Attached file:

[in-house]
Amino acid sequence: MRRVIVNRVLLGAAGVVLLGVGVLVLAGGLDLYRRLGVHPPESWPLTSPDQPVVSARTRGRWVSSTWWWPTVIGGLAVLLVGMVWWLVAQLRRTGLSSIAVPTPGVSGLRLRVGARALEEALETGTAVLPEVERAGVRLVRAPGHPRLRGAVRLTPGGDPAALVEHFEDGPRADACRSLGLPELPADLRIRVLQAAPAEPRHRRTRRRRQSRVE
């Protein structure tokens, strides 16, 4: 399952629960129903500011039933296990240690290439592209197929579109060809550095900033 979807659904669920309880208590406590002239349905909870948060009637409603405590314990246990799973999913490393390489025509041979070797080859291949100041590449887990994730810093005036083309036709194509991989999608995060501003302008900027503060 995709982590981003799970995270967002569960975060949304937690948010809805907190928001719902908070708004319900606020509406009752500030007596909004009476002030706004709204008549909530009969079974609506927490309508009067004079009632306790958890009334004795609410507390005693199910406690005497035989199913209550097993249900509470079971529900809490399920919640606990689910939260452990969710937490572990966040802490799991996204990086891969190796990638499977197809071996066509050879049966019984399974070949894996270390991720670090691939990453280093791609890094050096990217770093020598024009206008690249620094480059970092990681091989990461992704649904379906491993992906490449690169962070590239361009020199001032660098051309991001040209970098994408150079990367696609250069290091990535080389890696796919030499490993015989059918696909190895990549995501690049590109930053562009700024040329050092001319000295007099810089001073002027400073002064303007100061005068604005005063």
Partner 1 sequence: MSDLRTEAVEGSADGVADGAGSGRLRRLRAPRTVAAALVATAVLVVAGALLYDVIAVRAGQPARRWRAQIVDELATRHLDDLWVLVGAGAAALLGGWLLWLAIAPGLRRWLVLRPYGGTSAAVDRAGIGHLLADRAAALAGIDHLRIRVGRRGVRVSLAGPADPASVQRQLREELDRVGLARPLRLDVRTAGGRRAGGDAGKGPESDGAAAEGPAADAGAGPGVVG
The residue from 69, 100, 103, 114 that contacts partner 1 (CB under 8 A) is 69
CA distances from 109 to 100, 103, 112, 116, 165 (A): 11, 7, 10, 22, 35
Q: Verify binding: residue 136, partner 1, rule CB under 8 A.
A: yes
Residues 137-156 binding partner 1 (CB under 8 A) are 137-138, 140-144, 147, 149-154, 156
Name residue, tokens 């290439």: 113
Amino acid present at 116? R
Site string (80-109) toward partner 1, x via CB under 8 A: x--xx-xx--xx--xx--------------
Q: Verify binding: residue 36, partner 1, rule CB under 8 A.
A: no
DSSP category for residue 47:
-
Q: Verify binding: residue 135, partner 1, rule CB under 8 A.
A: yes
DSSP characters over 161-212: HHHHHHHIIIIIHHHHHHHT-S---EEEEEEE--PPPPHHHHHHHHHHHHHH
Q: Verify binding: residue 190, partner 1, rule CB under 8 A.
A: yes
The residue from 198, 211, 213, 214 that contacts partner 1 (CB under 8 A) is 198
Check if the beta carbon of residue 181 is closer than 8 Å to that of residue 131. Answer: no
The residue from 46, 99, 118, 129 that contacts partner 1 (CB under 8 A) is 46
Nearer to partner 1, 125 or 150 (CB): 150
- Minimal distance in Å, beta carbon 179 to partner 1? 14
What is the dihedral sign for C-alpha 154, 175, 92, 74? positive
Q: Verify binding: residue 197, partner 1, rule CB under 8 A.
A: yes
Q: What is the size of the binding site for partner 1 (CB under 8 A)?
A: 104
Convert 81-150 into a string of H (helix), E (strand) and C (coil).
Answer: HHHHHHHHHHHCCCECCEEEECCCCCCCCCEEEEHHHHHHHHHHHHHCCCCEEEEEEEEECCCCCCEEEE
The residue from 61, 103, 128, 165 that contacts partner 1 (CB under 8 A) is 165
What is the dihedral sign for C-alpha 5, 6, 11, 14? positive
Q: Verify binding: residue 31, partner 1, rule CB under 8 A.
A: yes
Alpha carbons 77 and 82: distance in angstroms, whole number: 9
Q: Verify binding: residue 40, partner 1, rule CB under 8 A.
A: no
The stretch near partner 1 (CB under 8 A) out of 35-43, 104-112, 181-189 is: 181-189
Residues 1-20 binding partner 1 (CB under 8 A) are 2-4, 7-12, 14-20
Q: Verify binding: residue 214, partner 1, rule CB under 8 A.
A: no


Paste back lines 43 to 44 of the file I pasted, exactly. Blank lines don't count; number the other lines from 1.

Q: Verify binding: residue 214, partner 1, rule CB under 8 A.
A: no